As the draft policy proceeded towards stakeholder consultations, the chair of the task force and the Minister of Health were both replaced. The new incumbents brought new people – other bureaucrats from within the MoH, and different 'expert' consultants – into the task force, and some of the original members left because of deviations from the agreed hybrid arrangement and political differences with the new members. According to the new chair, after listening to the views of various stakeholder forums, the task force had to change the original policy draft. The NHIS Act was eventually passed into law and implementation begun in 2004 before the elections. The ruling NPP party were returned again, and vigorously continued NHIS implementation of the scheme with the gradual addition of districts.
In 2006 the new Minister for Health suspended all services of the scheme and commissioned a financial audit. This came as a result of general complaints from the public and local board members of the district health insurance schemes across the country concerning the operations of scheme managers and start-up consultants (Agyepong and Adjei 2008; NHIA 2008). The audit findings suggested some mismanagement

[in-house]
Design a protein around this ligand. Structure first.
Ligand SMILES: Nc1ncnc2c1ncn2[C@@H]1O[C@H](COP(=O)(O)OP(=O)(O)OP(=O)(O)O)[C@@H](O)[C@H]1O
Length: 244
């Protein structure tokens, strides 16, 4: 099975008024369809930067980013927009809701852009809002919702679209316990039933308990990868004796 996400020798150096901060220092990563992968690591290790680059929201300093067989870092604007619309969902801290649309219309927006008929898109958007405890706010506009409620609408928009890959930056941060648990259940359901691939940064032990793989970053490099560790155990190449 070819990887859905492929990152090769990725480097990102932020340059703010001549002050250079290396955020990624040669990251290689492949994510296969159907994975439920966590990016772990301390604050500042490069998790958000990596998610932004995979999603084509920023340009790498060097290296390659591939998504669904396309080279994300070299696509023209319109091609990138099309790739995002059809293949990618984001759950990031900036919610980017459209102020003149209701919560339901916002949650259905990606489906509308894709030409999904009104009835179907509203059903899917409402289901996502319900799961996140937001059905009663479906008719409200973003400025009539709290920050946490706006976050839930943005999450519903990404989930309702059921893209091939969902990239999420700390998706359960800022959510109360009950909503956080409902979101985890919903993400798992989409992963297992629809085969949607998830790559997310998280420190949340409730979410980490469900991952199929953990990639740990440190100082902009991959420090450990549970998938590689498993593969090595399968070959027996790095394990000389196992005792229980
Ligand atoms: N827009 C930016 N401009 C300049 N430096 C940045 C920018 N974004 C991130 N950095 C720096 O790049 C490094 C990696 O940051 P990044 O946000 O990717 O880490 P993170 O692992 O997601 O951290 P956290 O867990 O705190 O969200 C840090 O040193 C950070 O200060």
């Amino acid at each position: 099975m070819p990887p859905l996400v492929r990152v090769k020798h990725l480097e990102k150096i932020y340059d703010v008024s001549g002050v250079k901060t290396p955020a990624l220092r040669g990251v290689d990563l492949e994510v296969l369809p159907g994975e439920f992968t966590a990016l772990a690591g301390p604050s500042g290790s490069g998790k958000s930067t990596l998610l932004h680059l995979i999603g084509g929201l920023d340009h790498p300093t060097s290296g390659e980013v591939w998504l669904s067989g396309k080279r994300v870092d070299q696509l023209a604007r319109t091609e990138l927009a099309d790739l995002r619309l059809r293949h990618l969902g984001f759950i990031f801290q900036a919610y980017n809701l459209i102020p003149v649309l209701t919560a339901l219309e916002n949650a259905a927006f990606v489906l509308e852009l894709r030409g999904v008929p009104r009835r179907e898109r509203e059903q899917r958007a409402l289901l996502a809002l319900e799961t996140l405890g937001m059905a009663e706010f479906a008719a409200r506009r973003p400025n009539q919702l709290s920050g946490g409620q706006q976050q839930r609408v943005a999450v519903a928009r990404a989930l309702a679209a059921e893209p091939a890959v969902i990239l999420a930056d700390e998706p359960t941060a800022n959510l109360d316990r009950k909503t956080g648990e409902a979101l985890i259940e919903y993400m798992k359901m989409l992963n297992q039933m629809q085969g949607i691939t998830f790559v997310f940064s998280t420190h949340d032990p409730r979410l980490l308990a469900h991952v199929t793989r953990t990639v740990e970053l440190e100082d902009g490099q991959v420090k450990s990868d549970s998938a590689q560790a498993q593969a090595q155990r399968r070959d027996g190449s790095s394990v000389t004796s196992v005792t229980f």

in some districts and, as implementation continued, more challenges appeared (Gobah and Zhang 2011). The NDC promised to fix these problems and review the scheme to provide further coverage for basic care for all if voted into power. When it won the 2008 elections, it appointed a new director to start the process of resolving the challenges and eventual review of the law. This director commissioned a consulting
firm to examine the policy and legislative review of the scheme and hold a series of strategic meetings with several actors. They conducted three validation meetings across the country, to deliberate on and validate the legislative proposals. During the review, the NDC remained silent about NHIS funding arrangements, unable to fulfil one of its electoral promises of ensuring a one-time payment of premiums for all. An array of CSOs, health-care practitioners, trade unions, faith-based organisations
and academics are all demanding that the government deal with the challenges associated with the scheme. Barely a year before the next elections in 2016, the Minister of Health has commissioned a(nother) seven-member technical committee to review the implementation of the NHIS and recommend ways to improve the scheme.
3.2 Kenya: engaging the state through e-government